In Gstaad, Grima lives over his shop with his wife and longtime partner, JoJo, also a jeweler, and their 21-year-old daughter, Francesca, who studies design and helps out in the shop. As we sit in an office that is crammed with photographs and catalogues, Grima draws, JoJo is in the workshop, and Francesca is decorating the windows. Grima's business has always been a family affair.
A jeweler's jeweler, Grima draws fluently and with easy confidence. "His work, his style, is completely identifiable, it's unique," says James Taffin de Givenchy, one of New York's most talented young jewelers. "By being true to his style, he has imposed his vision and undeniably made his mark on 20th- and 21st-century jewelry. It's no surprise that his work is so collectible today."
Grima's work is collected by the cognoscenti, prized by collectors. One woman in London who started acquiring Grima's pieces more than 30 years ago says, "I think he's a genuine artist. I've got lots of his things—I think it's like collecting another piece of art, of sculpture."
When older pieces turn up at auction, Grima often buys them back for his own collection. He's never made a "cheaper" line of jewelry, the kind that sells at airport duty-frees. As often as not, his clients are also friends who fly into Gstaad to buy something and spend a few evenings over good food and wine.
Among his hobbies, Grima lists painting and sculpture, food and wine. In London, where he has an apartment, he frequently dines at the three-star Le Gavroche. (Albert and Michel Roux, founders of the Gavroche empire, are pals.) My first night in Gstaad, Grima looks longingly at the foie gras on the menu at the Palace Hotel, then gives JoJo a "what the hell" wink and orders a slab. Francesca beckons him to the dance floor, where they perform a nifty fox trot to some old Sinatra songs.
There is something of the suave Italian patriarch about Grima in the charm, the fine tweed jackets, the silk scarf tucked into the pocket. In Gstaad, he's up early every day. In the winter, he walks down the main street in his camel's hair coat and Russian fur hat, greeting everyone he meets. Grima turned 80 in May but seems like a man 15 years younger. The excitement, the joie de vivre, are undimmed.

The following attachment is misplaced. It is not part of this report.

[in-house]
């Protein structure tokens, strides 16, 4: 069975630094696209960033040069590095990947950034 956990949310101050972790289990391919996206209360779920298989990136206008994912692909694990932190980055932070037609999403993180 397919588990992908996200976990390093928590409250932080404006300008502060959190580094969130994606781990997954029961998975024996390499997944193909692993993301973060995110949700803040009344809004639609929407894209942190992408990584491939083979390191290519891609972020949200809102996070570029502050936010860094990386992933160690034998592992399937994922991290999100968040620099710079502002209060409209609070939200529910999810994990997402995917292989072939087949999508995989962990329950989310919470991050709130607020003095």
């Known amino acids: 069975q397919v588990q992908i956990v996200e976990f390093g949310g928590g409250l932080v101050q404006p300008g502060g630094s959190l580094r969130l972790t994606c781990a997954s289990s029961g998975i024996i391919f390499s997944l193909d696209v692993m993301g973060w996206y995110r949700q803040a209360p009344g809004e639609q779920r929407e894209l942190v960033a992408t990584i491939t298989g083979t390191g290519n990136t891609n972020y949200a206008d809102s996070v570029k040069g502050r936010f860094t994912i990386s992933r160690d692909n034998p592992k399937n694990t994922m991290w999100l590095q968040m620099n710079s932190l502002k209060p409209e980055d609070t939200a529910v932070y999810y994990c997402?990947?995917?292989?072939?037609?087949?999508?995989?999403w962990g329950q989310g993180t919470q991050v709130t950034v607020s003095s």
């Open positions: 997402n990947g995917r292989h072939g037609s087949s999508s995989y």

Andrew Grima was born in Italy in 1921 to a Maltese father and Italian mother. His father had a prosperous business exporting fine lace and embroidery. When the business grew, he moved the family to England. Andrew was six.
After Italy invaded Ethiopia in 1935 there were sanctions against Italy by the League of Nations. Grima's father went bankrupt, and for the next ten years he was in and out of hospitals. As soon as he turned 17, Andrew left school to help support his mother and six siblings. He studied civil engineering and enrolled in a secretarial course, the only boy among dozens of girls (one of whom he eventually married). In his rare spare time he drew and painted, attending art classes whenever he could.
War broke out, and Grima was sent to Burma. An officer at age 20, he had up to 500 men under his command. There's a picture of a heartbreakingly young Grima in Burma, sitting on a hill and holding a cigarette and a can of beer. "I wanted to look grown-up," he says, "a man of the world." The war would define him. "You grew up very quickly," Grima adds.
After World War II, his father-in-law to be offered him a job at his jewelry business in London. "It was very conventional jewelry," Grima says, "but the work was exquisitely finished." Here was an opportunity to earn a living and perhaps fulfill some of his artistic yearnings.
Grima married Helene, had two daughters and a son, and settled in Sonning, a village on the Thames outside London. In his studio there, he began to experiment with his own designs. He picked up leaves and sticks in the woods near the house and cast them in gold. Each leaf was perfection: You could see the veins, the curves, the stems. Grima still makes the occasional leaf pin set off with a diamond or two. He made sticks and stones the same way. Gradually he began using tourmalines, peridots, amethysts, rock crystal. Back then, these stones were as alien as plastic to most jewelers.